Anamarie Waite, Car Insurance Writer
Car insurance is tax-deductible if you are self-employed and you use the car for business. Your daily commute to work is not considered business use. You must drive your car to other business-related locations for your car insurance premium to be tax-deductible. It doesn’t matter if you only drive a mile at a time to meet a client, your accountant, a vendor, etc. – as long as you use your car for business purposes and accurately log your mileage when you do.
To deduct your car insurance premium, you will have to file your business expenses (Schedule C) using the “actual vehicle expenses” method. That means itemizing the costs associated with using your car for business instead of taking a standard mileage deduction (Schedule C, line 9). The standard mileage deduction in 2019 is $0.58 per mile. No matter which deduction you plan to take, keep track of your total annual mileage and the total number of miles driven for business. You’ll need that information for either method.
How much of my car insurance premium can I deduct on my taxes?
To use the actual expenses method, you have to calculate your percentage of business use. Doing the math for your percentage of business use is easy: simply divide the number of business miles by your annual mileage. Here’s an example: let’s say you drove 15,000 miles last year, and 8,000 of those miles were for business. That means you used the vehicle for business a little over 53% of the time (8,000 / 15,000 = .533). As a result, you can deduct a bit more than 53% of your car insurance premium.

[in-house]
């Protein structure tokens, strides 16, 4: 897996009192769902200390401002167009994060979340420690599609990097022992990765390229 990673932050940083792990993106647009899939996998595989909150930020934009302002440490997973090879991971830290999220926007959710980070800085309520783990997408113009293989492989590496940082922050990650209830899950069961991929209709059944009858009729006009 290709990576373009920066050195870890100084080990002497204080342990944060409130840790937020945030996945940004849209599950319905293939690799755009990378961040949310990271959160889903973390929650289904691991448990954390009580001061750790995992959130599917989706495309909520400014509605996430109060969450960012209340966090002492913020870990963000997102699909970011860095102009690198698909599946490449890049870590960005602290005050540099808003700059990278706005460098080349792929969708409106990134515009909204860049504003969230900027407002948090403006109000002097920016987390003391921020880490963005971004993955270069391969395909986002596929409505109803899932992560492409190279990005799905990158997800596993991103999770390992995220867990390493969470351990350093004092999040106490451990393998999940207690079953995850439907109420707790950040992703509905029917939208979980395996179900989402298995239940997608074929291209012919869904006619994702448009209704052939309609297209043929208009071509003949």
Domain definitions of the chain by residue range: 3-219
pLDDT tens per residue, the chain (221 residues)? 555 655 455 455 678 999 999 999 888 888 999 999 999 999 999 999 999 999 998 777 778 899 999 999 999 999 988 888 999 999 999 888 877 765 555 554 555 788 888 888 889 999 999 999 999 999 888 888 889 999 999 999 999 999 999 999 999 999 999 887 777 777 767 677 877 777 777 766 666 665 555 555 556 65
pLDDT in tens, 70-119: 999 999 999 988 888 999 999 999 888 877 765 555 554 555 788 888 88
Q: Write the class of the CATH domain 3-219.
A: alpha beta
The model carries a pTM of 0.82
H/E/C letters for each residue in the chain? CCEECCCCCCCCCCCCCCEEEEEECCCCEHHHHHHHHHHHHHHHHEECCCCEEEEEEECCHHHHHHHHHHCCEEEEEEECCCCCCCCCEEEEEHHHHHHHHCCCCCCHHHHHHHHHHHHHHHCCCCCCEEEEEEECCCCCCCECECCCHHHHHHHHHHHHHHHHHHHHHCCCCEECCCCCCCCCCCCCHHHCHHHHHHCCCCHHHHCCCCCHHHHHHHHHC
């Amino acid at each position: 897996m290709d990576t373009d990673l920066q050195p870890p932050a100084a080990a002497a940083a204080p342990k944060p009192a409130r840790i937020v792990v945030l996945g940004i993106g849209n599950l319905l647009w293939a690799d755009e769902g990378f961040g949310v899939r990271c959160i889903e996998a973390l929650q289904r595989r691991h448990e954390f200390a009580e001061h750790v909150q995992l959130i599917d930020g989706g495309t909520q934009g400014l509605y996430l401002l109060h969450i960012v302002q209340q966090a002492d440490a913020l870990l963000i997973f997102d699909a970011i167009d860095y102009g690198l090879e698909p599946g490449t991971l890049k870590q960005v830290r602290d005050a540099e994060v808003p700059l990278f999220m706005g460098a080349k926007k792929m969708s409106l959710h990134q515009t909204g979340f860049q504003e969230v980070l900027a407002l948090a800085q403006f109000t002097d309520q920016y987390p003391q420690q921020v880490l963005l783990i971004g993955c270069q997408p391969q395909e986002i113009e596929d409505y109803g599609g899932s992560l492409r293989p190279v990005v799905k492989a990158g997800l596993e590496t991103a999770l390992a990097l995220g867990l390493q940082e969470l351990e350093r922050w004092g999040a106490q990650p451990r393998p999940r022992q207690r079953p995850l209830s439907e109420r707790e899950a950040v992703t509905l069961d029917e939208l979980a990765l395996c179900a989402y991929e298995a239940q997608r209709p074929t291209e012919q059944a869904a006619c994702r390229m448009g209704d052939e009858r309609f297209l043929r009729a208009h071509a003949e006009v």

Accurately tracking your mileage is critical if you want your car insurance to be tax deductible. Otherwise, you won’t be able to calculate the percentage of business use for your car, which tells you how much of your car insurance premium you can claim. If you’re audited, the IRS will want to see a log that shows the dates, destinations, reasons for travel, and starting/ending odometer mileage for each trip.
To maximize your deduction for business expenses, calculate all eligible costs related to operating your vehicle—not just car insurance. You can also deduct gas, repairs and maintenance, parking fees, and other vehicle expenses using the same percentage of business use method. You should also make sure you’ve accounted for all business expenses not related to your car, like advertising, office expenses and supplies, employee wages and benefits, and more.
Once you have the grand total of what you spent running your business for the year, you can decide if you want to take a standard personal deduction or itemize using a Schedule A form. You get to deduct your business expenses (Schedule C) no matter what, but you also get a standard or itemized deduction personally on Schedule A.
Are car insurance deductibles tax-deductible for self-employed drivers?
Premiums aren’t the only costs associated with car insurance, but your deductible is not usually tax-deductible. Your car insurance deductible—which you pay when making a claim—is considered a personal expense/loss and does not qualify for a tax deduction using the actual expenses method. The only exception to this rule is if you experienced property loss in a federally-mandated disaster area as a direct result of the disaster.
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